Home  >  Pennsylvania  >  WATCHBLOG: Liquor Control Board using tax dollars to advertise their own brands

WATCHBLOG: Liquor Control Board using tax dollars to advertise their own brands

By   /   December 4, 2012  /   4 Comments

By Eric Boehm | PA Independent

HARRISBURG – The Pennsylvania Liquor Control Board, the Prohibition-era hangover that maintains a monopoly on wine and liquor sales in the state, spent more than $4.72 million on advertising during the last fiscal year.

The total includes more than $474,600 for the promotion of the PLCB’s own private brands of wine and spirits, which compete with private sector brands for space on the state-owned liquor store shelves and get a boost from advertising paid for by taxpayers, according to documents obtained by the Pittsburgh Tribune-Review.

Here’s the rest of the details, which the Trib published over the weekend.

The LCB spent nearly a half-million dollars last fiscal year, about 10 percent of its advertising budget, to promote five of its own private-label brands — TableLeaf, Dialed In, LA MERIKA, Hayes Valley and Las Parcelas, records show. No money was spent on two other wine brands, Zita and Vinestone, or Copper Sun vodka.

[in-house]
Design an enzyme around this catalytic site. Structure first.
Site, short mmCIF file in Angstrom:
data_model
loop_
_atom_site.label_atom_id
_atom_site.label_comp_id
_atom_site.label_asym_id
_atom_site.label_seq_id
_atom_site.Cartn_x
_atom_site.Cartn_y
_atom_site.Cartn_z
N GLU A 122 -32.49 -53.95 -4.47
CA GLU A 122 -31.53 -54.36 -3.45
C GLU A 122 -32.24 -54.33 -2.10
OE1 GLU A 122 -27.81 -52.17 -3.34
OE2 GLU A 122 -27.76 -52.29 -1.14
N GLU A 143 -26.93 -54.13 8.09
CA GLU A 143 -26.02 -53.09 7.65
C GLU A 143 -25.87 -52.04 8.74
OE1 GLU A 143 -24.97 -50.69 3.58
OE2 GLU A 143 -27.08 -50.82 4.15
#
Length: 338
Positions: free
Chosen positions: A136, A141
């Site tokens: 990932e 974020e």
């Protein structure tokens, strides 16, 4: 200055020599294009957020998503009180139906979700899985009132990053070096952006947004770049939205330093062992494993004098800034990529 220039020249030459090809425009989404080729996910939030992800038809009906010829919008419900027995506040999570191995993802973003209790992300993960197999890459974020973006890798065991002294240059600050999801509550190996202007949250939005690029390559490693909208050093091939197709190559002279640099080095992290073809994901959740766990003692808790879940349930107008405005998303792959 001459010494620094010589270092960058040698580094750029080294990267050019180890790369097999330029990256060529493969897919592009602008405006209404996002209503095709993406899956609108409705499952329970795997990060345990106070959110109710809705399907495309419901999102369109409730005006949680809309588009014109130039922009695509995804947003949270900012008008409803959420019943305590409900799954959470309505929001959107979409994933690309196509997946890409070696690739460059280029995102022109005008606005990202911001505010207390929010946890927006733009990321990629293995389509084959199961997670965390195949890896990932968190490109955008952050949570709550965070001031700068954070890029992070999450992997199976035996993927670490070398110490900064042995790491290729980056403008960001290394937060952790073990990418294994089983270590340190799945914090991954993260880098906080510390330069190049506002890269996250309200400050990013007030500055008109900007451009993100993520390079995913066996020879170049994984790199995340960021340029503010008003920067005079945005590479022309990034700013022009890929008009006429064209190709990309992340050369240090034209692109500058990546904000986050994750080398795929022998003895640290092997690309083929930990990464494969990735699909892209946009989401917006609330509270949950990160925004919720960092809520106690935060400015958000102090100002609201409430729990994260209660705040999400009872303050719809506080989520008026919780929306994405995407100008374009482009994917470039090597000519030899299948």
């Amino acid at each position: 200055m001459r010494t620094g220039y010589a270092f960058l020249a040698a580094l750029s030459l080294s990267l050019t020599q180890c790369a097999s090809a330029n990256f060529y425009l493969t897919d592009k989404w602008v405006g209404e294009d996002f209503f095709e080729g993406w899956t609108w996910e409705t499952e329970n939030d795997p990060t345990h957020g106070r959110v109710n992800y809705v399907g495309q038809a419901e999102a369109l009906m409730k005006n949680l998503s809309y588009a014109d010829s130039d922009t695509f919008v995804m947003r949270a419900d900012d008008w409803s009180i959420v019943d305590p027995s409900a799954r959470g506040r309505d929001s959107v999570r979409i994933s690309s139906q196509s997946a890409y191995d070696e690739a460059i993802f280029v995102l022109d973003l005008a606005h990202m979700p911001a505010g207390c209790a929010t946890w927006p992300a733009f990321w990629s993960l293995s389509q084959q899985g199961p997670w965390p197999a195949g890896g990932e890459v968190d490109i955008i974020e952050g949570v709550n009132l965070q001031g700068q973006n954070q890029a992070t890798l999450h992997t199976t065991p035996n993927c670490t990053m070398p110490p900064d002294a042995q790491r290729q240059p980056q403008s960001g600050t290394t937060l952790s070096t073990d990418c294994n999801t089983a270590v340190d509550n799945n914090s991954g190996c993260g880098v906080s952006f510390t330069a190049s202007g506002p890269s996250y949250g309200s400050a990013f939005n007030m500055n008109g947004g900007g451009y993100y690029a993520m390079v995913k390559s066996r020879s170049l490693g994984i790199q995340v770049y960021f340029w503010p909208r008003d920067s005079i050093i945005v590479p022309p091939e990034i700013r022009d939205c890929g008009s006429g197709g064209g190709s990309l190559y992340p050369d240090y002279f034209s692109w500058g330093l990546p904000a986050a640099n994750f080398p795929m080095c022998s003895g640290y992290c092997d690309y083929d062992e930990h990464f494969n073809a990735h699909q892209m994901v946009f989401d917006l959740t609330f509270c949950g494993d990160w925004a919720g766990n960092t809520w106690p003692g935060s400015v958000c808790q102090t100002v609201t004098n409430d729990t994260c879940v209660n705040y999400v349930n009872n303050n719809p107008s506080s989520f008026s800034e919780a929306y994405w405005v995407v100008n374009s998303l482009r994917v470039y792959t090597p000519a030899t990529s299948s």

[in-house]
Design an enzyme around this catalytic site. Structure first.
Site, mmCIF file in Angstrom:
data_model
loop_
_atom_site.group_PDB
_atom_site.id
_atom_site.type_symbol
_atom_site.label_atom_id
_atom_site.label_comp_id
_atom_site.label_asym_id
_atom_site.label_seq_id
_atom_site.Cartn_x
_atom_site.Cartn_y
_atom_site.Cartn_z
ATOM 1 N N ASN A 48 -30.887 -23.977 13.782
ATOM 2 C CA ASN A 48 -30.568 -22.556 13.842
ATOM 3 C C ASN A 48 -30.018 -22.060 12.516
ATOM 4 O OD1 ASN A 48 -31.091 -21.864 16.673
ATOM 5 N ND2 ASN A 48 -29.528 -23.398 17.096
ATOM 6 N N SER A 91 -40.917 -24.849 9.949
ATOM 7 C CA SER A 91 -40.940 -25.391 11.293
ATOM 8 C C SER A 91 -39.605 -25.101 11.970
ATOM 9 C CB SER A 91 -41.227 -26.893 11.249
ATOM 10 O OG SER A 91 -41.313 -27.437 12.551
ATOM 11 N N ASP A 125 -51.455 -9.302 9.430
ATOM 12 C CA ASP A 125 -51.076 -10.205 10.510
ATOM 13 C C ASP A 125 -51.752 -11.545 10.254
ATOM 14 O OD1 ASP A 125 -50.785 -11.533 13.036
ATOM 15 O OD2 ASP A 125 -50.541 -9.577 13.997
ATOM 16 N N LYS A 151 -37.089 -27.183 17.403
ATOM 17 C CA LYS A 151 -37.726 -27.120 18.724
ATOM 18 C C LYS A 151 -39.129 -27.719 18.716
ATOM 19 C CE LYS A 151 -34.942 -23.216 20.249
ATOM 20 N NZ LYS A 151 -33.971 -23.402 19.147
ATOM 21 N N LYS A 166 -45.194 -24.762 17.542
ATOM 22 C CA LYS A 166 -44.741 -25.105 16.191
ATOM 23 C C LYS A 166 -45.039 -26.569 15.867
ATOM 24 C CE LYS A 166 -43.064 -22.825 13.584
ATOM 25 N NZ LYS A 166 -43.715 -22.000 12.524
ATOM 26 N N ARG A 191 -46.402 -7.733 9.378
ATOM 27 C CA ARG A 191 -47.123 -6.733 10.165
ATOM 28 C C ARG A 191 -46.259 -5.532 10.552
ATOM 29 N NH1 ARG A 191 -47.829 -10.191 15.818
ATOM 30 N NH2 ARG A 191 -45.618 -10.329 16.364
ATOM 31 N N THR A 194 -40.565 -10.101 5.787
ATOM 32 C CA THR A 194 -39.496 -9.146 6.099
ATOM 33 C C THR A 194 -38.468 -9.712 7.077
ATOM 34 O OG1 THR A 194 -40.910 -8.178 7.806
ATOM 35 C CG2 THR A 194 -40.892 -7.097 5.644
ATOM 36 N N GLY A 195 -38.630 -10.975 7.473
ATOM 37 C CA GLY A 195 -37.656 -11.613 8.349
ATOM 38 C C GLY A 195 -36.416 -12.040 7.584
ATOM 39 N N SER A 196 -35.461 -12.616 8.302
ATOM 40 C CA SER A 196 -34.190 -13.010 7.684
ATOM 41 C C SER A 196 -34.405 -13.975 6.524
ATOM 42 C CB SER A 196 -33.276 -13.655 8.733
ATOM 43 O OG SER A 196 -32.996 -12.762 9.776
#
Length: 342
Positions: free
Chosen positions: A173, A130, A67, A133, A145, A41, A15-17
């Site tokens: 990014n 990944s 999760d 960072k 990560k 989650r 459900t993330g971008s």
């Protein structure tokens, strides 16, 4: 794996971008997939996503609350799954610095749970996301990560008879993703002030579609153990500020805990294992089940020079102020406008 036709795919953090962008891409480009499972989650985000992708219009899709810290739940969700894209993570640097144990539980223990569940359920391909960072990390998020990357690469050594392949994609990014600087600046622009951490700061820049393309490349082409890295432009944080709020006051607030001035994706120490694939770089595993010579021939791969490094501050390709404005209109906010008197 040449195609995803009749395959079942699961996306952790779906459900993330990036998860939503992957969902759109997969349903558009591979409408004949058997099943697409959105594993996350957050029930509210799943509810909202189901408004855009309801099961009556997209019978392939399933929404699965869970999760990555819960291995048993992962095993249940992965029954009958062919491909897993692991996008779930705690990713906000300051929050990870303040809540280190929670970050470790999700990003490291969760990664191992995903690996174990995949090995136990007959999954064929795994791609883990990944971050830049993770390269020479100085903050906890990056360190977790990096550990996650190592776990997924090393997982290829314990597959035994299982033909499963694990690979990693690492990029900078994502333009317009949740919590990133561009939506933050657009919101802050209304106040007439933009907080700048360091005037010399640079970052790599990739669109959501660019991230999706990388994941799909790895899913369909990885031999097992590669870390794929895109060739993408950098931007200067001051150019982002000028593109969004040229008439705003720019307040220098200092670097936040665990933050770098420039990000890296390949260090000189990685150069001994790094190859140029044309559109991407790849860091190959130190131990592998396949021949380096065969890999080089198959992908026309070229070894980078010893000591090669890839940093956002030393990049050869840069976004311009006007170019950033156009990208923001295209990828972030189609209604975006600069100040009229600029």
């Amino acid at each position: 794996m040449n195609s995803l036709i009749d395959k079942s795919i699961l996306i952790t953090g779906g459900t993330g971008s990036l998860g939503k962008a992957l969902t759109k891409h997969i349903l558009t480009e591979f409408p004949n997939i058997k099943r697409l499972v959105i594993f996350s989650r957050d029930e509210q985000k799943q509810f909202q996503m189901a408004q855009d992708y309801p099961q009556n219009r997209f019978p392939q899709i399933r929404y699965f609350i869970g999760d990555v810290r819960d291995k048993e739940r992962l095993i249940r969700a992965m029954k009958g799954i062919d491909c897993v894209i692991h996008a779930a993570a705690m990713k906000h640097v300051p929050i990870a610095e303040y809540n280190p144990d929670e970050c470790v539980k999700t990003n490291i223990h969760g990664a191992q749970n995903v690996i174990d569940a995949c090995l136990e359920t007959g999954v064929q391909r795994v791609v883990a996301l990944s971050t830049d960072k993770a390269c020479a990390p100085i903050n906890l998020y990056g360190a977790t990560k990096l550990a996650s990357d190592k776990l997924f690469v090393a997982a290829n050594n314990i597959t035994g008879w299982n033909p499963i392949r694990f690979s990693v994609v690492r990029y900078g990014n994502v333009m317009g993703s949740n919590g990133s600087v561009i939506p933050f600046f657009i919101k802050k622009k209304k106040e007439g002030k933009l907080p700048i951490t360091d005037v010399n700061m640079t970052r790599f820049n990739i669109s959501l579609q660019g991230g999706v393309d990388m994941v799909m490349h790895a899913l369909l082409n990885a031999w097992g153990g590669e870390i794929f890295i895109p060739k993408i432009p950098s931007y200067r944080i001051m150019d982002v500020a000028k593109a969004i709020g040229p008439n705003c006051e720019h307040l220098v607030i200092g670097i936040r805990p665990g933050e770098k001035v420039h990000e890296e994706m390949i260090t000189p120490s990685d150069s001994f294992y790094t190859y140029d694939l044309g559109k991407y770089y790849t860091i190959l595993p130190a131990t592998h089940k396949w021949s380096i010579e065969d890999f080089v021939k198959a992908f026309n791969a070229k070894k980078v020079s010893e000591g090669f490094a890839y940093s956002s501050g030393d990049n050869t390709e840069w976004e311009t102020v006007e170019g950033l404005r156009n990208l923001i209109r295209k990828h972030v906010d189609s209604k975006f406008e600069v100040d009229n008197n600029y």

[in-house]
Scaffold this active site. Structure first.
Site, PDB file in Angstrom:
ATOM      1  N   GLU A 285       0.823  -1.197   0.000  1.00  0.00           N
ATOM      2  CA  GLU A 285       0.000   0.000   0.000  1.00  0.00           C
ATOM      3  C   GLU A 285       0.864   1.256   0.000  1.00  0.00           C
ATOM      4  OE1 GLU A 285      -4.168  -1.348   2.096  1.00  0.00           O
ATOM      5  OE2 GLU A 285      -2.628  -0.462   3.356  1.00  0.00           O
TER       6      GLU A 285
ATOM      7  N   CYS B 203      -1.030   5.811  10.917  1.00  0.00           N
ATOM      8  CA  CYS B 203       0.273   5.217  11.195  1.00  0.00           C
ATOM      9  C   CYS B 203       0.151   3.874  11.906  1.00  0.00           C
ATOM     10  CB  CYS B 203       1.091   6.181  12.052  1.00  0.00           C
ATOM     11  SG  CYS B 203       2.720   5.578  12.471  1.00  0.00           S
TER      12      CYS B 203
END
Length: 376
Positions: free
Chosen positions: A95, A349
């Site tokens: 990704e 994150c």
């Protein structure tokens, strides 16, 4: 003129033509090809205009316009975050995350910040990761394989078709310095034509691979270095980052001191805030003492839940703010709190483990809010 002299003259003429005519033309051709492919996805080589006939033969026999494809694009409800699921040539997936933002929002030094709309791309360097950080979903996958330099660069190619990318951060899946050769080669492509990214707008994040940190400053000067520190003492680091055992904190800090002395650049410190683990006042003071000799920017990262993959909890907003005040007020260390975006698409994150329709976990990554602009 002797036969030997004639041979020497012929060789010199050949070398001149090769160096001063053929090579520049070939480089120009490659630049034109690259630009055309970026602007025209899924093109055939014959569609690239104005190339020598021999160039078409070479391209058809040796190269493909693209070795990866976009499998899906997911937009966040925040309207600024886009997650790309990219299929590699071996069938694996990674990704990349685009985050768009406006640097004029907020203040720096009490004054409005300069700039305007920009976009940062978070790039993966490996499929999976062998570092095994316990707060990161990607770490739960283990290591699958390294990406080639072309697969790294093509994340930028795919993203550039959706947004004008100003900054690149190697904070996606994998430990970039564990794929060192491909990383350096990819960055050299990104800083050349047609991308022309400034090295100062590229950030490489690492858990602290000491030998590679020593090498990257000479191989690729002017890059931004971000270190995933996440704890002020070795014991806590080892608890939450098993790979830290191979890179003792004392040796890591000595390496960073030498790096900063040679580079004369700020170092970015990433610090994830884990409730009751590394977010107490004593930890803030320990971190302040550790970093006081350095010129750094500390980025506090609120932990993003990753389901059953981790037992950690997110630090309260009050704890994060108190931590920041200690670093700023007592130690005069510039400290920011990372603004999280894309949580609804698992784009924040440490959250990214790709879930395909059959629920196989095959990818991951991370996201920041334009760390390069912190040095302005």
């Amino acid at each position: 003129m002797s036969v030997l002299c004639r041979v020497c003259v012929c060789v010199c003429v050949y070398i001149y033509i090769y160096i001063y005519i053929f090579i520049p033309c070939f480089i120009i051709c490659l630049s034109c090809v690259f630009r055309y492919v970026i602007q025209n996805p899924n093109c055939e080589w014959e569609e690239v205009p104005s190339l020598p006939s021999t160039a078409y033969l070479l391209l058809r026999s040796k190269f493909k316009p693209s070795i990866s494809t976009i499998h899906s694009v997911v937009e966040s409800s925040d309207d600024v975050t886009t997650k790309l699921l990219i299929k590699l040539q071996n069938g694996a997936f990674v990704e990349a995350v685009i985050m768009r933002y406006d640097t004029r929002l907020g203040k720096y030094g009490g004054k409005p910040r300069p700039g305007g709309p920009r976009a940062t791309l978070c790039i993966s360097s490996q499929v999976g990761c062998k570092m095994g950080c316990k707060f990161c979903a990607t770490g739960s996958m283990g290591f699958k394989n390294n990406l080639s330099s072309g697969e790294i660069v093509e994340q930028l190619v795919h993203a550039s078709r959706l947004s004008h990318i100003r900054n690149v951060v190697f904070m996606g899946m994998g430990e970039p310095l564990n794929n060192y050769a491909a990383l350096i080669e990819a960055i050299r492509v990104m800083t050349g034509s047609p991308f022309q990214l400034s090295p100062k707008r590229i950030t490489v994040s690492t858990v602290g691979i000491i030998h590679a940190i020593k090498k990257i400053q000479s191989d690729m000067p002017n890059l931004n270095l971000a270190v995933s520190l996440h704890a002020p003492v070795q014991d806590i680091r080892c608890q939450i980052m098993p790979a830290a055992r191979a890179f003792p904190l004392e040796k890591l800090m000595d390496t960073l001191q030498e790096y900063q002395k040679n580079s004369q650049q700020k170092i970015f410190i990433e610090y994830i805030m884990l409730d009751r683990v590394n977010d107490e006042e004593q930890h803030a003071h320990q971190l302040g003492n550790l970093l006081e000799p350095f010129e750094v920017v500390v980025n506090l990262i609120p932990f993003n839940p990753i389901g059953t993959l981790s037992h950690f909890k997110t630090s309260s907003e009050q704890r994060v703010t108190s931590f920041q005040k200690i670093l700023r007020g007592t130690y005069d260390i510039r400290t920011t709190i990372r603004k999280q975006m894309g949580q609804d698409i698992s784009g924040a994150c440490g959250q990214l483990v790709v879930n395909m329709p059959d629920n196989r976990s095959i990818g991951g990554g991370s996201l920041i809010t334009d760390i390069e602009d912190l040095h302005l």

Even though (PLCB CEO Joe) Conti said he was “99 percent sure” no LCB money was spent to promote or develop the brands, ads placed by his agency for its in-house products appeared in high-profile, hard-to-miss locations in newspapers and magazines, on billboards, public transit vehicles in Pittsburgh and Philadelphia, radio shows and the Internet radio service Pandora, as well as in online sponsorships, records show.

It’s the latest in a run of public relations disasters for the PLCB, which has been targeted by some Republican lawmakers and Gov. Tom Corbett for privatization next year (though plenty of other attempts to rid the state of the liquor monopoly have failed over the years).

The controversial “wine vending machines” the board installed in a few dozen grocery stores around the state were a flop with customers and accountants – and were pulled from the stores about a month after Conti defended them in front of a legislative panel last summer. It was later revealed that the contract for the machines was signed despite internal assessments that warned they would be a bad investment and without independent research on sales estimates.

Financial records show the PLCB is less profitable than the state claims, but the board voted earlier this year to raise the price of many brands on its shelves.

And now the state Ethics Commission is investigating the board, which may or may not have led to the abrupt resignation of former board chairman Patrick Stapleton in October.

Contact Boehm at [email protected] and follow @PAIndependent on Twitter.